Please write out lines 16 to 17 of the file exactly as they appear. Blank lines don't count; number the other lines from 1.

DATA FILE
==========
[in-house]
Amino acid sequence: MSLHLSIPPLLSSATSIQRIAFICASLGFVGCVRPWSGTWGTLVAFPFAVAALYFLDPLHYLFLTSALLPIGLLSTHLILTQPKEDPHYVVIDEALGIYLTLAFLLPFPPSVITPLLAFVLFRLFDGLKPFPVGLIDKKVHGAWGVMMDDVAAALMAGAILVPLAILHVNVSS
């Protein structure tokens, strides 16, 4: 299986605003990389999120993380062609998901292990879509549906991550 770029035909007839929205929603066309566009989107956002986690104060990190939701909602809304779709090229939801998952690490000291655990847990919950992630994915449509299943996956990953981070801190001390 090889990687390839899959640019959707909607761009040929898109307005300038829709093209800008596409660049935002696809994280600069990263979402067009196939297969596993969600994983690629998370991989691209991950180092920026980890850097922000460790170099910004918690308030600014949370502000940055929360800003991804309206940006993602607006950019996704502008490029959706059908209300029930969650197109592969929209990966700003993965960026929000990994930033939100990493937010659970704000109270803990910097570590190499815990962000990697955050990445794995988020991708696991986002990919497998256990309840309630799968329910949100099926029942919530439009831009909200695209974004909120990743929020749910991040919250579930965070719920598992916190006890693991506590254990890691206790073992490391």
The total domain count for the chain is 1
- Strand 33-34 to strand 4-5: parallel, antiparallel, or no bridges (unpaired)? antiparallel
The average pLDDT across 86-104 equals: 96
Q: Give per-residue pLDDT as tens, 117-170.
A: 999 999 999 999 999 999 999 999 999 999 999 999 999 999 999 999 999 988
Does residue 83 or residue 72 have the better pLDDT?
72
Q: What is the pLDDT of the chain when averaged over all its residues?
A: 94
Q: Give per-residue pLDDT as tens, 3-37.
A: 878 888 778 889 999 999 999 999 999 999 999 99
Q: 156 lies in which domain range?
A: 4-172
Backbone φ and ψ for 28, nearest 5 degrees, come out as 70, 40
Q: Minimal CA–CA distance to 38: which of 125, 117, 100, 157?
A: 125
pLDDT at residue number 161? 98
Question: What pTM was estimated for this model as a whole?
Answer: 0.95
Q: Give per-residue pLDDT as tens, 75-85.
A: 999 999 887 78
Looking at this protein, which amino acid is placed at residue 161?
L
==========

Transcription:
A: 4-172
Backbone φ and ψ for 28, nearest 5 degrees, come out as 70, 40